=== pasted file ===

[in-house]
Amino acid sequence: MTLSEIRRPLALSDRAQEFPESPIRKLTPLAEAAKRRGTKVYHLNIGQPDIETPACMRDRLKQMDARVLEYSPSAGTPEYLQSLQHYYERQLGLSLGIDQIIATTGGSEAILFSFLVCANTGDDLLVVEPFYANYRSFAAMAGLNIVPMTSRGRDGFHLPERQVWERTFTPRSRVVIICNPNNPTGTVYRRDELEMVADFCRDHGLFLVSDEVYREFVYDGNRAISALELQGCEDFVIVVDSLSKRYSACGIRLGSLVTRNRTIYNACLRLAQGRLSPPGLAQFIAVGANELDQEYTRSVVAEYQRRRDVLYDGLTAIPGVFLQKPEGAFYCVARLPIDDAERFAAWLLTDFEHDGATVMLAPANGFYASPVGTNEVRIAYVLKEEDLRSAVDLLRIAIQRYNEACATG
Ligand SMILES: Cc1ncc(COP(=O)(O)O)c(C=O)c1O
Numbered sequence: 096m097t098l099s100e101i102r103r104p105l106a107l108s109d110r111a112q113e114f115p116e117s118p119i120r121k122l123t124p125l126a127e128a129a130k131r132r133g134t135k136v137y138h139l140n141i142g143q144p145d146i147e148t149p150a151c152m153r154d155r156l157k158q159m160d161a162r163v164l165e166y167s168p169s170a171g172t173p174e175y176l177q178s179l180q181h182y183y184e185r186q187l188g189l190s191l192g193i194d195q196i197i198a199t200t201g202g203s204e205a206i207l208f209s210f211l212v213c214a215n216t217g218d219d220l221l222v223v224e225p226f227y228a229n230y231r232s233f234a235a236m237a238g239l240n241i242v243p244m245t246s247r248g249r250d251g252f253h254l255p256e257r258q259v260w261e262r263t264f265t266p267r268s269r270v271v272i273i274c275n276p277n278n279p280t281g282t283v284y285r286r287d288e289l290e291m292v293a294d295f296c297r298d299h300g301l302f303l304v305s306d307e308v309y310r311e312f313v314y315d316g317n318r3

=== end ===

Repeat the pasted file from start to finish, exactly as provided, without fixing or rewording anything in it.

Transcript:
[in-house]
Amino acid sequence: MTLSEIRRPLALSDRAQEFPESPIRKLTPLAEAAKRRGTKVYHLNIGQPDIETPACMRDRLKQMDARVLEYSPSAGTPEYLQSLQHYYERQLGLSLGIDQIIATTGGSEAILFSFLVCANTGDDLLVVEPFYANYRSFAAMAGLNIVPMTSRGRDGFHLPERQVWERTFTPRSRVVIICNPNNPTGTVYRRDELEMVADFCRDHGLFLVSDEVYREFVYDGNRAISALELQGCEDFVIVVDSLSKRYSACGIRLGSLVTRNRTIYNACLRLAQGRLSPPGLAQFIAVGANELDQEYTRSVVAEYQRRRDVLYDGLTAIPGVFLQKPEGAFYCVARLPIDDAERFAAWLLTDFEHDGATVMLAPANGFYASPVGTNEVRIAYVLKEEDLRSAVDLLRIAIQRYNEACATG
Ligand SMILES: Cc1ncc(COP(=O)(O)O)c(C=O)c1O
Numbered sequence: 096m097t098l099s100e101i102r103r104p105l106a107l108s109d110r111a112q113e114f115p116e117s118p119i120r121k122l123t124p125l126a127e128a129a130k131r132r133g134t135k136v137y138h139l140n141i142g143q144p145d146i147e148t149p150a151c152m153r154d155r156l157k158q159m160d161a162r163v164l165e166y167s168p169s170a171g172t173p174e175y176l177q178s179l180q181h182y183y184e185r186q187l188g189l190s191l192g193i194d195q196i197i198a199t200t201g202g203s204e205a206i207l208f209s210f211l212v213c214a215n216t217g218d219d220l221l222v223v224e225p226f227y228a229n230y231r232s233f234a235a236m237a238g239l240n241i242v243p244m245t246s247r248g249r250d251g252f253h254l255p256e257r258q259v260w261e262r263t264f265t266p267r268s269r270v271v272i273i274c275n276p277n278n279p280t281g282t283v284y285r286r287d288e289l290e291m292v293a294d295f296c297r298d299h300g301l302f303l304v305s306d307e308v309y310r311e312f313v314y315d316g317n318r3